US consumer prices witness biggest jump in 40 years
Consumer prices in the US hit the largest increase since the period ending January 1982.
In the year to January, US consumer prices rose by 7.5%, which was also a 40-year high.
"The all items index rose 7.9 percent for the 12 months ending February," the department mentioned in a news release, referring to the Consumer Price Index for All Urban Consumers.
Prices increase the highest since 1982
According to the press release "The 12-month increase has been steadily rising and is now the largest since the period ending January 1982."
For February alone, the indicator showed a 0.8 percent growth from January.
The Consumer Price Index for All Urban Consumers, known in short as CPI, is among the indicators watched by the Federal Reserve to determine the timing for its first pandemic-era interest rate hike.
The Federal Reserve dropped interest rates to virtually zero after the outbreak of the COVID-19 pandemic in March 2020, keeping them at between zero and 0.25 percent.
Series of rate hikes
The US Central Bank is preparing for a series of rate hikes this year, with the first expected as early as next week at the March 15-16 meeting of its policy-making Federal Open Market Committee.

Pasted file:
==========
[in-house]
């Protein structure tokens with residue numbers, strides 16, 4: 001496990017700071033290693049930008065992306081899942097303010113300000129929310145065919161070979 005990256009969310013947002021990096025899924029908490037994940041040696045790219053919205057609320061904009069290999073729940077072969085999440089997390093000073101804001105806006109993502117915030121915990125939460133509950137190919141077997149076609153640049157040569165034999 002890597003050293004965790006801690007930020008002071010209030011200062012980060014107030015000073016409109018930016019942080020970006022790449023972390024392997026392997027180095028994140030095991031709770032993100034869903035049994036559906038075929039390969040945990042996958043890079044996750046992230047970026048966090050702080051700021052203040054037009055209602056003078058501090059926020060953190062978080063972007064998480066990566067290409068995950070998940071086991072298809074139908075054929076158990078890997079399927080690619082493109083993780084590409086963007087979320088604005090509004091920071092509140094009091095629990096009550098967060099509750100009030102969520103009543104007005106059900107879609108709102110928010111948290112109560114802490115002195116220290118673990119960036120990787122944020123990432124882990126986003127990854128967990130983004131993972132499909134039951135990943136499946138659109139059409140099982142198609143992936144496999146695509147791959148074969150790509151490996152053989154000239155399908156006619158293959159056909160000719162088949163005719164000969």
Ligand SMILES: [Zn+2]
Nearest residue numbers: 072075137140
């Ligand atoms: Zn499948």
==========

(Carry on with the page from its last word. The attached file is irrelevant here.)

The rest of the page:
Federal Reserve bankers believe such rate hikes are necessary to counter runaway inflation experienced since last year. The central bank’s tolerance for inflation is a mere 2 percent a year.
After slashing interest rates to near zero, the Federal Reserve provided stimulus of more than $2 trillion over the past two years to ensure enough money to sustain credit markets.
On top of that, the federal government spent trillions of dollars more on pandemic relief measures, while employers paid out higher wages to working Americans.
All that money, along with supply chain bottlenecks arising from the pandemic, has created soaring inflation as the economy grew 5.7 percent last year after a 3.5% contraction in 2020.